New website upgrades! What’s new

Evidence of Functional Impairment

The what, the who and necessary requirements around providing functional impairment evidence to the NDIS.

By Dr Kylie Morgan

Updated 15 Apr 202428 Sept 2021

Providing NDIA with evidence of a person’s functional impairment has proven challenging for many health professionals. The NDIA has developed its own guidelines, which outline the evidence it requires, how it should be presented, and the language in which it needs to be written. This has called for a major re-think for many health professionals as it deviates from a lot of the professional training they have received in report writing and from reports required under other legislation such as Medicare, Workcover, and TAC. However, all is not lost, and piecing together bits of the NDIS Act, the NDIS Operation Guidelines, and information on the NDIS website helps clear up the picture. 

Let's start with the NDIS Act

Section 24 of the NDIS Act lists the disability requirements a person who is at least seven years old needs to meet in order to access NDIS. If we drill down to Section 24(c), the Act states that the impairment must  result in substantially reduced functional capacity to undertake, or psychosocial functioning in undertaking, one or more of the following activities:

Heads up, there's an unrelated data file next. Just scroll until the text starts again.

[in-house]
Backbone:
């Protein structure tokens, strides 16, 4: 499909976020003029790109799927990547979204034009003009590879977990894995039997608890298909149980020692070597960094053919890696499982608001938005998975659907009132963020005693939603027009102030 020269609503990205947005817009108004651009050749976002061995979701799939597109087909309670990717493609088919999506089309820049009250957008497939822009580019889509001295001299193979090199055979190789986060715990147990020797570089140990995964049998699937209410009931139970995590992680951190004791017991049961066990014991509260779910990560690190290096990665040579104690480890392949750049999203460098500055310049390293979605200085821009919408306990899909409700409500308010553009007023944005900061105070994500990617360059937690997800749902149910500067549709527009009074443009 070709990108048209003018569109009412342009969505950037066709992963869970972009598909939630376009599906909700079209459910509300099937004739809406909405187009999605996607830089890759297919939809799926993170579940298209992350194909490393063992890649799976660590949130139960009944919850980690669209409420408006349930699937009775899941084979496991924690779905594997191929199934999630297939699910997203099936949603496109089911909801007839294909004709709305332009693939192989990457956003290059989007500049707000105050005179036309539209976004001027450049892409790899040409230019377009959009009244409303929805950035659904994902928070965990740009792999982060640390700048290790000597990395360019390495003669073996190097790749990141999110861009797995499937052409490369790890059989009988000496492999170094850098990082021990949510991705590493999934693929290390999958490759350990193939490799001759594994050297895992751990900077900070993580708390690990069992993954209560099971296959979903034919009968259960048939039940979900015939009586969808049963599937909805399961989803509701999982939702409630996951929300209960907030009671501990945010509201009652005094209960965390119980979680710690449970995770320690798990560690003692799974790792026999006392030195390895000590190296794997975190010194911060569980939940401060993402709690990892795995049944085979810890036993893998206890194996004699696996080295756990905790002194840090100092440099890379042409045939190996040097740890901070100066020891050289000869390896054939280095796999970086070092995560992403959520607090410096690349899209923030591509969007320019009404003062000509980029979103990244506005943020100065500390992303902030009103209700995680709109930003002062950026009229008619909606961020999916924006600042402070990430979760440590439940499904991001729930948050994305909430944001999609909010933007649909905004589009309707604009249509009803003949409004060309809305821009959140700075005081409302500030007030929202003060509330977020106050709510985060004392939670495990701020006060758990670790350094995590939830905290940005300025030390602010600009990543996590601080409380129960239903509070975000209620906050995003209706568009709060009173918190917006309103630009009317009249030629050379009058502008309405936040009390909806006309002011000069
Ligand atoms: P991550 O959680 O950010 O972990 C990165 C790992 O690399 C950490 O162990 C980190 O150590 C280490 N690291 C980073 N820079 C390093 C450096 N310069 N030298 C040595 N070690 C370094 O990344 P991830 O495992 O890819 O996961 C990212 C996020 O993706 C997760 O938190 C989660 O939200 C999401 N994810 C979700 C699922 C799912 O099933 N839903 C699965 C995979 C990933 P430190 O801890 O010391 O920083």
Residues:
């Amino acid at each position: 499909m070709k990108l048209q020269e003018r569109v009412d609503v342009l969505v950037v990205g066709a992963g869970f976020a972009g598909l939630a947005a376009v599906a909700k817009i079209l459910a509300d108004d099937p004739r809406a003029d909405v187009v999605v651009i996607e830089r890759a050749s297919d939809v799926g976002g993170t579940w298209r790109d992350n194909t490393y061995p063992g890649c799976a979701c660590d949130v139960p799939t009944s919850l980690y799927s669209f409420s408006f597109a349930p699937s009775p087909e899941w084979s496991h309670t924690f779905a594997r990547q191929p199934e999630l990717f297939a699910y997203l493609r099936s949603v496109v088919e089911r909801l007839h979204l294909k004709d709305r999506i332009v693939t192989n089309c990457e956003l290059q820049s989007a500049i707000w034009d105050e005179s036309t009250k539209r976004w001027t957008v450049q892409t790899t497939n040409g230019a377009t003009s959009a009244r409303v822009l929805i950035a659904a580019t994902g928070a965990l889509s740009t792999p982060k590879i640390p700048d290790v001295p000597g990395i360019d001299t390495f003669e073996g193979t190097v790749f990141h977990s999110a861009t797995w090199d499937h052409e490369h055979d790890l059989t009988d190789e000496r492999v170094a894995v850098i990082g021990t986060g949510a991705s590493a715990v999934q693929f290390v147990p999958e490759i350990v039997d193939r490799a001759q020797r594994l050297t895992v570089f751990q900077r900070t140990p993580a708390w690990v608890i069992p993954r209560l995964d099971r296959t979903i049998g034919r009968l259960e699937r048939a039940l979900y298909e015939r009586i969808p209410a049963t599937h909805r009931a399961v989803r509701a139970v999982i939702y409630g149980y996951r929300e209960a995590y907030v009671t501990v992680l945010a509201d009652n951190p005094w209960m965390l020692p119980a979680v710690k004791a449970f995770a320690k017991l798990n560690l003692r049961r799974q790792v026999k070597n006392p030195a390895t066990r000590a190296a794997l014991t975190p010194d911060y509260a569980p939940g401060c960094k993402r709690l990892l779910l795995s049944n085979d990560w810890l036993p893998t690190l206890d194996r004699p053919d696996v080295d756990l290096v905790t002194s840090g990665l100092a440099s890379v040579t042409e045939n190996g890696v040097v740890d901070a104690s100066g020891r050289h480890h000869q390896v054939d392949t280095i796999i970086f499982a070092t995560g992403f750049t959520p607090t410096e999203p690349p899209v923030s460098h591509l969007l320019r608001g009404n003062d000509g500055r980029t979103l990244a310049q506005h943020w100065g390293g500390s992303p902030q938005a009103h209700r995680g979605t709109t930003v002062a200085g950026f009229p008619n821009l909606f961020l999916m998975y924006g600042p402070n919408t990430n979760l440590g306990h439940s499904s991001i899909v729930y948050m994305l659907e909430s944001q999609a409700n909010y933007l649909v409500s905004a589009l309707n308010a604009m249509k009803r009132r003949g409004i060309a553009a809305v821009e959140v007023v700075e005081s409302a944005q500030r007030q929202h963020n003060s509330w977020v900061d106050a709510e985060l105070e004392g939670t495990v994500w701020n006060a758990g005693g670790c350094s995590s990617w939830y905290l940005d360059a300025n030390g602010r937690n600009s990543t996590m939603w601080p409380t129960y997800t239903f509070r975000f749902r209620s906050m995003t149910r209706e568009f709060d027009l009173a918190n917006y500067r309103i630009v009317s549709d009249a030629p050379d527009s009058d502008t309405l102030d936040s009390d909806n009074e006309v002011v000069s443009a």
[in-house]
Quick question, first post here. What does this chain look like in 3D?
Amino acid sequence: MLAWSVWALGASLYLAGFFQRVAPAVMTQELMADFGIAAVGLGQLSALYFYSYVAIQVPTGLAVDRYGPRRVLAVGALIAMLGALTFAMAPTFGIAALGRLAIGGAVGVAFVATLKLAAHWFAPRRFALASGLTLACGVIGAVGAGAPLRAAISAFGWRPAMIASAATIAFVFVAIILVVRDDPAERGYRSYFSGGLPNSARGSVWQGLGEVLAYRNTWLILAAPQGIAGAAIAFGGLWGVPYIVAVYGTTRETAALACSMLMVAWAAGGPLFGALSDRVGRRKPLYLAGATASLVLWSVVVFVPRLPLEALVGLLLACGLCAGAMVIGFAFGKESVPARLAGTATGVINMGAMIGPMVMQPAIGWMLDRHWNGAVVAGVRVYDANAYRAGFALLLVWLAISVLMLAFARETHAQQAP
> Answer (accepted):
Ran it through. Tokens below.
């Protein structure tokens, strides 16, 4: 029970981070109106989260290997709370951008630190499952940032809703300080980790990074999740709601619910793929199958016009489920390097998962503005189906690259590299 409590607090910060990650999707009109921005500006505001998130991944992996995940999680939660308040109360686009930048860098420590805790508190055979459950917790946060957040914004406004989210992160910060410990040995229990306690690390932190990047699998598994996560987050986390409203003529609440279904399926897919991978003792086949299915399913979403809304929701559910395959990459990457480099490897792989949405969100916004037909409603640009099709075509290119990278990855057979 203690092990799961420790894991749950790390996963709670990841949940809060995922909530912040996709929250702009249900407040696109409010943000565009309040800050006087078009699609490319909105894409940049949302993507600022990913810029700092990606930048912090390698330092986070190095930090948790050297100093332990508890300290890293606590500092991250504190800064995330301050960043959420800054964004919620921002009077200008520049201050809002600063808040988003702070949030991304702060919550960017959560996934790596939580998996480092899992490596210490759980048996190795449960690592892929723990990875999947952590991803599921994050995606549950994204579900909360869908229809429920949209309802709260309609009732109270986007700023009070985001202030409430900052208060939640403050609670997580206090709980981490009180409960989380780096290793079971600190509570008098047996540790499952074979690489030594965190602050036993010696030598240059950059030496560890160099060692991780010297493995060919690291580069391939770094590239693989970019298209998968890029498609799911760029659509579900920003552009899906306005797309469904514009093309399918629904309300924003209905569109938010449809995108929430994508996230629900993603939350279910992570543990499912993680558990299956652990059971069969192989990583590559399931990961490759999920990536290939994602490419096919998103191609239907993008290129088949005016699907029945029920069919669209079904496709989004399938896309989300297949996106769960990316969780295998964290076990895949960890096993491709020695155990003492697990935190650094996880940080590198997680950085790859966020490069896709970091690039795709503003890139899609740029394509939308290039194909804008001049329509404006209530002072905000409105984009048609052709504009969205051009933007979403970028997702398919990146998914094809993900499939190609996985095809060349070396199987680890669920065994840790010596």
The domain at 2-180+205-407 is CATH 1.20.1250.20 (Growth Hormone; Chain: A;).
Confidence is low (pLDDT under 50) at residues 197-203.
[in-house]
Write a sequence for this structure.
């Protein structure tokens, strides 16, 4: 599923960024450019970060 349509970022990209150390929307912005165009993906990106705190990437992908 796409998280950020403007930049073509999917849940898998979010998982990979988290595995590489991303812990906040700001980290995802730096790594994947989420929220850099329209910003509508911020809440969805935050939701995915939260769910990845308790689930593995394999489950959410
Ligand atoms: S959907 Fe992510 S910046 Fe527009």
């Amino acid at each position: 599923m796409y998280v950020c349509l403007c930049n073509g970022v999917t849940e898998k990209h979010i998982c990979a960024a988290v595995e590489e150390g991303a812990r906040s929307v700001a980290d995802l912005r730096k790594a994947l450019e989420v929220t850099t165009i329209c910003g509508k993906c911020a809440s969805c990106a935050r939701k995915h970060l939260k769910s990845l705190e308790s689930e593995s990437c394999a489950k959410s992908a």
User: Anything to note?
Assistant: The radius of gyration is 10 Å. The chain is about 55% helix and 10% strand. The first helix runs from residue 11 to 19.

(i)  communication;

 (ii)  social interaction;

 (iii)  learning;

 (iv)  mobility;

 (v)  selfcare;

 (vi)  selfmanagement.

The six areas mentioned above are often referred to as the six functional domains. 

What is a substantial functional impact?

Section 8.3 of the Operation Guidelines provides a bit more insight into what functions and activities are considered under each of the six domains. For example, under communication, the guidelines tell us that this “includes being understood in spoken, written or sign language, understanding others and expressing needs and wants by gesture, speech or context appropriate to age”.

The Guidelines also provide advice as to when the NDIA considers an impairment to result in substantially reduced functional capacity:

  • the person is unable to participate effectively or completely in the activity or perform tasks or actions required to undertake or participate effectively or completely in the activity, without assistive technology, equipment (other than commonly used items) or home modifications (rule 5.8(a) of the Becoming a Participant Rules); or